Arthur Schopenhauer: Philosopher of Pessimism (Subtitles Available)

source: Philosophical Overdose     2016年2月20日
Frederick Copleston and Bryan Magee discuss the work of the 19th century German philosopher Arthur Schopenhauer. Schopenhauer is perhaps most famous for his extreme pessimism. Seeing the world as something horrific and bleak, he urged that we turn against it. Following Immanuel Kant, he took space, time, and causality to be categories of the mind through which we interpret and make sense of things. However, in contrast to Kant, Schopenhauer argued that reality must ultimately be "One", and he used this Monism to ground his ethical views regarding values. He also argued that "will" or "energy" was fundamental in the physical world. Schopenhauer was remarkable for many things, including being the only major Western philosopher to draw serious and interesting parallels between Western and Eastern thought. He was also the first major philosopher to openly identify as an atheist. He had a significant influence on thinkers like Nietzsche, Wittgenstein, and Freud, especially regarding his notion of the will and the unconscious. And he also had an impact on many artists and musicians, like Wagner. The arts were particularly important for Schopenhauer not only because they give us a glimpse into the underlying reality, but because they help us to escape the inherent suffering and meaningless absurdity of existence.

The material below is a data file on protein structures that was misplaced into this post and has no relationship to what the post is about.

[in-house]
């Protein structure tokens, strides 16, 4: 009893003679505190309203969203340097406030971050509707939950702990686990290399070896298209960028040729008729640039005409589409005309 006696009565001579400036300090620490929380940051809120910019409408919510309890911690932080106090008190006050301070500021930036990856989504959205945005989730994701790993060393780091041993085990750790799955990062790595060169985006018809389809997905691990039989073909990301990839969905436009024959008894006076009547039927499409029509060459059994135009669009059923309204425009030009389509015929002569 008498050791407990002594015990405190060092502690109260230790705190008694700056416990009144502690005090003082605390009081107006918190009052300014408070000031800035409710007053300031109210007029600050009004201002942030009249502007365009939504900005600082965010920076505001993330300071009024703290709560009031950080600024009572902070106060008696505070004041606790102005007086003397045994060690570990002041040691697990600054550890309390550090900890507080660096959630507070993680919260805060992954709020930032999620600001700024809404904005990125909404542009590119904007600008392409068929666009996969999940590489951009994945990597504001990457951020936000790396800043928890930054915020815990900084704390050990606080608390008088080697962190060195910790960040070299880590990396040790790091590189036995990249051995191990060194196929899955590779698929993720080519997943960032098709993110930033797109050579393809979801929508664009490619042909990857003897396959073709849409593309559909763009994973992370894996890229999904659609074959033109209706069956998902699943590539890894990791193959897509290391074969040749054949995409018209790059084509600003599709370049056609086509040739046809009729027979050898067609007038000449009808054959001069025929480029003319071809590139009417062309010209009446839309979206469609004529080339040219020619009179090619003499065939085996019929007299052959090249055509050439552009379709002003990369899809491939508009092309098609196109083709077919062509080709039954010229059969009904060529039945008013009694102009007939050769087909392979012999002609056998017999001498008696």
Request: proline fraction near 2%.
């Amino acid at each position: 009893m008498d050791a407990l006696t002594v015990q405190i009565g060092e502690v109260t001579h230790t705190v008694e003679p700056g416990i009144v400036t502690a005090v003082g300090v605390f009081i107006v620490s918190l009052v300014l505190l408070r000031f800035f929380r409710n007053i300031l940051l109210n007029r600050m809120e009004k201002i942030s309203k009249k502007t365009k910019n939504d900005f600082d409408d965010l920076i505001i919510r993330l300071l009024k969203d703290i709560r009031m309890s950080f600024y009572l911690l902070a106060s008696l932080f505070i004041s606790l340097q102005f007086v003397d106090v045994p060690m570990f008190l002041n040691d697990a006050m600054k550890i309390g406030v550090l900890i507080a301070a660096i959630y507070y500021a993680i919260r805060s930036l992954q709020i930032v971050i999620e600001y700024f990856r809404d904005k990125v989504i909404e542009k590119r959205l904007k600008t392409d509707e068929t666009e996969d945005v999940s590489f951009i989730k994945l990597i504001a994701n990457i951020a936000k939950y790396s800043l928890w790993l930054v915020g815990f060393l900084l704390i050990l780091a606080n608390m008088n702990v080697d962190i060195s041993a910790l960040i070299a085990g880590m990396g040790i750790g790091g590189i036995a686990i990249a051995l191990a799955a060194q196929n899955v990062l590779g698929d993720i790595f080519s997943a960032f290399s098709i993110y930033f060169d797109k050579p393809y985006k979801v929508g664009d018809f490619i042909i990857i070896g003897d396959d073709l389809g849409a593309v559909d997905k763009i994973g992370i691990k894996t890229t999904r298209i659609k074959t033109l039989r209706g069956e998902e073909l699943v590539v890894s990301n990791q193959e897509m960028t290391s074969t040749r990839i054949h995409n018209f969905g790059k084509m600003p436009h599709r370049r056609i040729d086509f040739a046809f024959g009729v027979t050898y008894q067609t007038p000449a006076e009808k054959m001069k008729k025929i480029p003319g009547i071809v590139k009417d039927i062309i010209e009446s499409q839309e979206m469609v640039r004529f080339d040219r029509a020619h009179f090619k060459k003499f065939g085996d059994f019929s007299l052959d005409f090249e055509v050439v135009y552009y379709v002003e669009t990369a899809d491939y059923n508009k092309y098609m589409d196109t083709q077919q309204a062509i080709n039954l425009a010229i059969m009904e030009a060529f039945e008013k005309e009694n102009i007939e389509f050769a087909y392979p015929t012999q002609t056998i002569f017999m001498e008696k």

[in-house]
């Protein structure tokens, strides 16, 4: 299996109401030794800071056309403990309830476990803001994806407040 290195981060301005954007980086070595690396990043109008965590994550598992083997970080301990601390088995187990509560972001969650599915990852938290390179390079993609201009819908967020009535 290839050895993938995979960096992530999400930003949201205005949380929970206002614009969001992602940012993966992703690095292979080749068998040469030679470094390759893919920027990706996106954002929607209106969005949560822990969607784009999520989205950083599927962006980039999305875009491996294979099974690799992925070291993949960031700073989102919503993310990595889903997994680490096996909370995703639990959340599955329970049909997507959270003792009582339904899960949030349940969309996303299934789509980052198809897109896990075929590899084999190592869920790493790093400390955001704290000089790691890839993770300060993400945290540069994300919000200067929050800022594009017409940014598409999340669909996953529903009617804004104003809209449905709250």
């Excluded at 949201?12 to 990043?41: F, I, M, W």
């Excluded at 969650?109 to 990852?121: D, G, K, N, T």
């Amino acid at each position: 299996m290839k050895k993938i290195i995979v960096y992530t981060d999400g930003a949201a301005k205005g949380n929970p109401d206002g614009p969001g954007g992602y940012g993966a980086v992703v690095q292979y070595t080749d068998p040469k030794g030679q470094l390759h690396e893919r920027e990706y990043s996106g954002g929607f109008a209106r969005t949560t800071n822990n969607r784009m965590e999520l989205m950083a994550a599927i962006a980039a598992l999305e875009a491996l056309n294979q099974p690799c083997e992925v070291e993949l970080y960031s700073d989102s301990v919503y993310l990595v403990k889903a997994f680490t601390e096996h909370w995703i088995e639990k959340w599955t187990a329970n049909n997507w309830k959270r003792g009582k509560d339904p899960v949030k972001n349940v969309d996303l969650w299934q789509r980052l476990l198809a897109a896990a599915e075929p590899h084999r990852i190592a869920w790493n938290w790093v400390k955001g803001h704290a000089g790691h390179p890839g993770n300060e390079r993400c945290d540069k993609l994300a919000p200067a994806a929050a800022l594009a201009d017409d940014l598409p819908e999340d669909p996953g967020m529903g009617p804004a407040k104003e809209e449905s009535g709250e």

This interview is from a 1987 BBC program. I think it's one of the best.
Transcript/subtitles are available.

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